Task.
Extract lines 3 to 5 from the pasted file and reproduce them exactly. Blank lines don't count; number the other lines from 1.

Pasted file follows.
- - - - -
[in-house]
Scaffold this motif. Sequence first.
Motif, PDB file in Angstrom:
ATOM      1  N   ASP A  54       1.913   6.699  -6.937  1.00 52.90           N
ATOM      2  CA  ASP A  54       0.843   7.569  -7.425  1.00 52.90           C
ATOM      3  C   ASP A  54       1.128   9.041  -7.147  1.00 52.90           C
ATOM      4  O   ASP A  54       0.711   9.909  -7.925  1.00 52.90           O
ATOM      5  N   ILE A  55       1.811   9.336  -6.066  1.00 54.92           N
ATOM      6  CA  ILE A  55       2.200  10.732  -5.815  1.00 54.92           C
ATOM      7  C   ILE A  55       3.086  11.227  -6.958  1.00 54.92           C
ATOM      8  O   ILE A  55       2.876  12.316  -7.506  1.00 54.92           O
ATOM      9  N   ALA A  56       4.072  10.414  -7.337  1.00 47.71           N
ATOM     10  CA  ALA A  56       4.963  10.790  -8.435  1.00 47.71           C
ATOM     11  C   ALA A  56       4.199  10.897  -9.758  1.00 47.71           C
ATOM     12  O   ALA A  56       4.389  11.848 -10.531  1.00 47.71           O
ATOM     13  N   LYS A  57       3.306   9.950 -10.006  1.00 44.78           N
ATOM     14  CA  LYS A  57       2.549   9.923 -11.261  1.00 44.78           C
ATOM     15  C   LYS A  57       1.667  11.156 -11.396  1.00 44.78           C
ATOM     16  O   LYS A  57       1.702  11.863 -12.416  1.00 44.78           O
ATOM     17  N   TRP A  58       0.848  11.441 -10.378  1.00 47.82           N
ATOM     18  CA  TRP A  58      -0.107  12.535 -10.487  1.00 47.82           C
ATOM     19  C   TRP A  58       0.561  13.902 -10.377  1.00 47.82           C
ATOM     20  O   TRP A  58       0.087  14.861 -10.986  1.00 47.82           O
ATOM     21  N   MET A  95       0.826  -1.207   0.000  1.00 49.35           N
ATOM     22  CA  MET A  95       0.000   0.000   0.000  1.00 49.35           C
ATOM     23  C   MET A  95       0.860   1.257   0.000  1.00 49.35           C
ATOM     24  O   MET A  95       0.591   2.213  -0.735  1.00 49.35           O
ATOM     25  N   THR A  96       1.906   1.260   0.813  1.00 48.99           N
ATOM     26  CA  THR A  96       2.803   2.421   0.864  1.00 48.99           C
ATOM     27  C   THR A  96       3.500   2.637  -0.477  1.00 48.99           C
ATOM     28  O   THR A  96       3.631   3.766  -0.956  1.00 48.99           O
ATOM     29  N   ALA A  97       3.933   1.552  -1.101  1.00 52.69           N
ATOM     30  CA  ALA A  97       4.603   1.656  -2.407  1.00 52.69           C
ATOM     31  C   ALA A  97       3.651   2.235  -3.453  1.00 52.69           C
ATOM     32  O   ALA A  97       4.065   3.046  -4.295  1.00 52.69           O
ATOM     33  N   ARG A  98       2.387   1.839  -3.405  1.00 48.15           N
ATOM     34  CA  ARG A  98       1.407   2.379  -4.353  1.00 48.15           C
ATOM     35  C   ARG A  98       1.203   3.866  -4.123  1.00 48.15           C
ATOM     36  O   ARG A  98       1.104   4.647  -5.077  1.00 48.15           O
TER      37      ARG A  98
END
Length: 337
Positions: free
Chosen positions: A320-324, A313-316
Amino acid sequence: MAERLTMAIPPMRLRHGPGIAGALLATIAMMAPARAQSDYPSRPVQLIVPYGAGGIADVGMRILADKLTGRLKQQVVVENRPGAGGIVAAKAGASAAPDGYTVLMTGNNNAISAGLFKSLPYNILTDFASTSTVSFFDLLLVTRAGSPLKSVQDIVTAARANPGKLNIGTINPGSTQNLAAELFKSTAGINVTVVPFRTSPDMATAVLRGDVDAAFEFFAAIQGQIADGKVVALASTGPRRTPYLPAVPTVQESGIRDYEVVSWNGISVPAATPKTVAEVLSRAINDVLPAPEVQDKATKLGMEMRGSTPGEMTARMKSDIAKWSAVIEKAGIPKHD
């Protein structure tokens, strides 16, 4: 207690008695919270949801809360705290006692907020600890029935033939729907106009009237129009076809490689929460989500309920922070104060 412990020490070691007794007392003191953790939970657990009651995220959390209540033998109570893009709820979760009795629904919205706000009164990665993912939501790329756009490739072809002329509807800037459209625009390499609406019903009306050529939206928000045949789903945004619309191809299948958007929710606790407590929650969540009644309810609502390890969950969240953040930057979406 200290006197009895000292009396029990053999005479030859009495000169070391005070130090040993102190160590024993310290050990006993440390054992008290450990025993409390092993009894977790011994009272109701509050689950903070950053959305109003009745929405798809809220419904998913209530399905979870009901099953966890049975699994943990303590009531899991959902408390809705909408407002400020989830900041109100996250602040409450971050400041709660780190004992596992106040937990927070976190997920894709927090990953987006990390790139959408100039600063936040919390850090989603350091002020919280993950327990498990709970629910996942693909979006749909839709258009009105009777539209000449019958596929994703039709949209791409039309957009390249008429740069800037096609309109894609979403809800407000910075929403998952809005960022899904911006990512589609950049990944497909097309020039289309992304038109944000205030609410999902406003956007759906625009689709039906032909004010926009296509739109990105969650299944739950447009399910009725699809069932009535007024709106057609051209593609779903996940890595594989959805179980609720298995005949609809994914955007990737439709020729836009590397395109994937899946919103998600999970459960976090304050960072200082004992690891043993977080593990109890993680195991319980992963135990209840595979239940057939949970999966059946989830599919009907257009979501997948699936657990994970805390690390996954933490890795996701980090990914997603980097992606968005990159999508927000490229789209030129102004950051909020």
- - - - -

Motif, PDB file in Angstrom:
ATOM      1  N   ASP A  54       1.913   6.699  -6.937  1.00 52.90           N
ATOM      2  CA  ASP A  54       0.843   7.569  -7.425  1.00 52.90           C